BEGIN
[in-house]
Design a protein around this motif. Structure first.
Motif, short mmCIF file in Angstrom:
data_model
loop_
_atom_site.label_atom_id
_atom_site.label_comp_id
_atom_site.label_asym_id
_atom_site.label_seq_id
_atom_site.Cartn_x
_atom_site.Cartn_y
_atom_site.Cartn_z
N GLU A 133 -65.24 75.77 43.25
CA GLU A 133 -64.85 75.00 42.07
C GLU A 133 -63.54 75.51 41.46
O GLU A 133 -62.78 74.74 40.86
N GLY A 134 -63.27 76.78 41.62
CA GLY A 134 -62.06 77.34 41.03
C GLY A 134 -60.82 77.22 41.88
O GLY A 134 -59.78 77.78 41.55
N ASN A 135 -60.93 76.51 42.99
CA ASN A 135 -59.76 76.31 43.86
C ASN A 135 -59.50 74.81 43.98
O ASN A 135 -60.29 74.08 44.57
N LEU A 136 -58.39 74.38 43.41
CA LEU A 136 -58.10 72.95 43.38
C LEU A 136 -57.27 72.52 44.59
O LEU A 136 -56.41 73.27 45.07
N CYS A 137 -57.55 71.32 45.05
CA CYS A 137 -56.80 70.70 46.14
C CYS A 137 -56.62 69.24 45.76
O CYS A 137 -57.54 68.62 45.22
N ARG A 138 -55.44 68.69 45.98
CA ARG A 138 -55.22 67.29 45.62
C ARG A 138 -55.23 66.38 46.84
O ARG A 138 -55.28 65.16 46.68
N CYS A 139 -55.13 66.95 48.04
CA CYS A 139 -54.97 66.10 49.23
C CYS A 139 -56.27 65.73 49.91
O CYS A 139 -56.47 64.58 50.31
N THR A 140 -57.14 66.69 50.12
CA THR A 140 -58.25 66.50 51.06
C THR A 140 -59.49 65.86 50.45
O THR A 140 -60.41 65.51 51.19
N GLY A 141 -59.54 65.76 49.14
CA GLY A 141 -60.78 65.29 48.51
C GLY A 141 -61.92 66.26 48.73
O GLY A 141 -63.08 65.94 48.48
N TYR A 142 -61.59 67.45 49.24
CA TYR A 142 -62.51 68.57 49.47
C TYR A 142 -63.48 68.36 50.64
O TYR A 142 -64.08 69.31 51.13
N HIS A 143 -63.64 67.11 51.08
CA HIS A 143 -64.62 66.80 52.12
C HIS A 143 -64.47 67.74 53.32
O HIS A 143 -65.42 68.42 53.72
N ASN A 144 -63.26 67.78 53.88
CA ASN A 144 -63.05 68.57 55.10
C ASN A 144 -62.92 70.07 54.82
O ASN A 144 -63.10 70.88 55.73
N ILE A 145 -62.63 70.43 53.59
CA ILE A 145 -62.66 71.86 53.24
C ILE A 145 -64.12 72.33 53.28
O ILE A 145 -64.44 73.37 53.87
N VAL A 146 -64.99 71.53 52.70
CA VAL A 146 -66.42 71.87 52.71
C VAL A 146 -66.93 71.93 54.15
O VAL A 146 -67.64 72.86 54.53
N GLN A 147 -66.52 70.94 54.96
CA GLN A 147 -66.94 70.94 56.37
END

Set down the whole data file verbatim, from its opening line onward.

[in-house]
Design a protein around this motif. Structure first.
Motif, short mmCIF file in Angstrom:
data_model
loop_
_atom_site.label_atom_id
_atom_site.label_comp_id
_atom_site.label_asym_id
_atom_site.label_seq_id
_atom_site.Cartn_x
_atom_site.Cartn_y
_atom_site.Cartn_z
N GLU A 133 -65.24 75.77 43.25
CA GLU A 133 -64.85 75.00 42.07
C GLU A 133 -63.54 75.51 41.46
O GLU A 133 -62.78 74.74 40.86
N GLY A 134 -63.27 76.78 41.62
CA GLY A 134 -62.06 77.34 41.03
C GLY A 134 -60.82 77.22 41.88
O GLY A 134 -59.78 77.78 41.55
N ASN A 135 -60.93 76.51 42.99
CA ASN A 135 -59.76 76.31 43.86
C ASN A 135 -59.50 74.81 43.98
O ASN A 135 -60.29 74.08 44.57
N LEU A 136 -58.39 74.38 43.41
CA LEU A 136 -58.10 72.95 43.38
C LEU A 136 -57.27 72.52 44.59
O LEU A 136 -56.41 73.27 45.07
N CYS A 137 -57.55 71.32 45.05
CA CYS A 137 -56.80 70.70 46.14
C CYS A 137 -56.62 69.24 45.76
O CYS A 137 -57.54 68.62 45.22
N ARG A 138 -55.44 68.69 45.98
CA ARG A 138 -55.22 67.29 45.62
C ARG A 138 -55.23 66.38 46.84
O ARG A 138 -55.28 65.16 46.68
N CYS A 139 -55.13 66.95 48.04
CA CYS A 139 -54.97 66.10 49.23
C CYS A 139 -56.27 65.73 49.91
O CYS A 139 -56.47 64.58 50.31
N THR A 140 -57.14 66.69 50.12
CA THR A 140 -58.25 66.50 51.06
C THR A 140 -59.49 65.86 50.45
O THR A 140 -60.41 65.51 51.19
N GLY A 141 -59.54 65.76 49.14
CA GLY A 141 -60.78 65.29 48.51
C GLY A 141 -61.92 66.26 48.73
O GLY A 141 -63.08 65.94 48.48
N TYR A 142 -61.59 67.45 49.24
CA TYR A 142 -62.51 68.57 49.47
C TYR A 142 -63.48 68.36 50.64
O TYR A 142 -64.08 69.31 51.13
N HIS A 143 -63.64 67.11 51.08
CA HIS A 143 -64.62 66.80 52.12
C HIS A 143 -64.47 67.74 53.32
O HIS A 143 -65.42 68.42 53.72
N ASN A 144 -63.26 67.78 53.88
CA ASN A 144 -63.05 68.57 55.10
C ASN A 144 -62.92 70.07 54.82
O ASN A 144 -63.10 70.88 55.73
N ILE A 145 -62.63 70.43 53.59
CA ILE A 145 -62.66 71.86 53.24
C ILE A 145 -64.12 72.33 53.28
O ILE A 145 -64.44 73.37 53.87
N VAL A 146 -64.99 71.53 52.70
CA VAL A 146 -66.42 71.87 52.71
C VAL A 146 -66.93 71.93 54.15
O VAL A 146 -67.64 72.86 54.53
N GLN A 147 -66.52 70.94 54.96
CA GLN A 147 -66.94 70.94 56.37